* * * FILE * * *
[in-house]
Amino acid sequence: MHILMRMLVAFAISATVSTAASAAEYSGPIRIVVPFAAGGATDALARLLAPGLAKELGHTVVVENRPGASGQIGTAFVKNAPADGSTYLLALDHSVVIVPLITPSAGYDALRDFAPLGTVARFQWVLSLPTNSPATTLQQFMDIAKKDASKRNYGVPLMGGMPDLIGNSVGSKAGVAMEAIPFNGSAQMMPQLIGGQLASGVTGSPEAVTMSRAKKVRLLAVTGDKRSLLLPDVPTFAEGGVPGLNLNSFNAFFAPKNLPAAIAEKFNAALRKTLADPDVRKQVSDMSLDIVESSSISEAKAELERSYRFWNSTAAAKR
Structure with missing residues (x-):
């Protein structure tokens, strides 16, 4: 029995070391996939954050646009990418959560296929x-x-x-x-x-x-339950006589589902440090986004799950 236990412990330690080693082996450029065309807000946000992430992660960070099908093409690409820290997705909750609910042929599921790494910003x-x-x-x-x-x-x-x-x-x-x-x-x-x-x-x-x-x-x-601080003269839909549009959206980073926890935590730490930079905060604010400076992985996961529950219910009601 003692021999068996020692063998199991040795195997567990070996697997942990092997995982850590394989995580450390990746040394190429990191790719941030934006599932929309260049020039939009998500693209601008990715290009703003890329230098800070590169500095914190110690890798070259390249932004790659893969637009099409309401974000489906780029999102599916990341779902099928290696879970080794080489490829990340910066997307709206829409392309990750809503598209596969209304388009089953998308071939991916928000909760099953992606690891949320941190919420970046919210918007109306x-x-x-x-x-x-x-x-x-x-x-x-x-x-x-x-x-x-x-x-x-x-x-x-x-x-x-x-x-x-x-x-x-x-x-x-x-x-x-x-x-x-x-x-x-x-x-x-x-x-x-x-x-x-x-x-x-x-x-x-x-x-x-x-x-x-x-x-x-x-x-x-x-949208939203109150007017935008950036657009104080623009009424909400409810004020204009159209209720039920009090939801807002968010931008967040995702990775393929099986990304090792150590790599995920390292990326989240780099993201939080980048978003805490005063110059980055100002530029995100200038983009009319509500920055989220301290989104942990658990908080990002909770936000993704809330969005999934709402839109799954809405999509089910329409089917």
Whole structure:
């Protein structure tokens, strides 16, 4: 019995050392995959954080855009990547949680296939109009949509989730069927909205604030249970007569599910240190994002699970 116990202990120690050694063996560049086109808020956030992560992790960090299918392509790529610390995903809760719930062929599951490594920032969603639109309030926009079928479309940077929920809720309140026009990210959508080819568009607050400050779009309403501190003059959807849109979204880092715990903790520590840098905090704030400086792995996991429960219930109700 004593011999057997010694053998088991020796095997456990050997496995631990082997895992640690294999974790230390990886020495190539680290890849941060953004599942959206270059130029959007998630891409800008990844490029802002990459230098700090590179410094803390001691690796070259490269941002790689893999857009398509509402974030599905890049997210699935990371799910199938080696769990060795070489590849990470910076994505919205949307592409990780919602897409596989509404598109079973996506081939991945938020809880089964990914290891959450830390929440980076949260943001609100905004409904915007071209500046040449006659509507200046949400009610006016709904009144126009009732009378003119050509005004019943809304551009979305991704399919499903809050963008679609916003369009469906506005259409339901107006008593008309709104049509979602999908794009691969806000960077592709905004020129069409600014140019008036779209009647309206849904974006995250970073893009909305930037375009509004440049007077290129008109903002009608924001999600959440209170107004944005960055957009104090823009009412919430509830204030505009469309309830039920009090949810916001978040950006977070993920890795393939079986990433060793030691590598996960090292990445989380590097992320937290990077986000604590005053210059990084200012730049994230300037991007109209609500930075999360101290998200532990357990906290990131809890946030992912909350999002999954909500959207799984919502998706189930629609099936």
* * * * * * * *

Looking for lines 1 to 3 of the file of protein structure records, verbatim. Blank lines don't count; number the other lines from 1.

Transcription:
[in-house]
Amino acid sequence: MHILMRMLVAFAISATVSTAASAAEYSGPIRIVVPFAAGGATDALARLLAPGLAKELGHTVVVENRPGASGQIGTAFVKNAPADGSTYLLALDHSVVIVPLITPSAGYDALRDFAPLGTVARFQWVLSLPTNSPATTLQQFMDIAKKDASKRNYGVPLMGGMPDLIGNSVGSKAGVAMEAIPFNGSAQMMPQLIGGQLASGVTGSPEAVTMSRAKKVRLLAVTGDKRSLLLPDVPTFAEGGVPGLNLNSFNAFFAPKNLPAAIAEKFNAALRKTLADPDVRKQVSDMSLDIVESSSISEAKAELERSYRFWNSTAAAKR
Structure with missing residues (x-):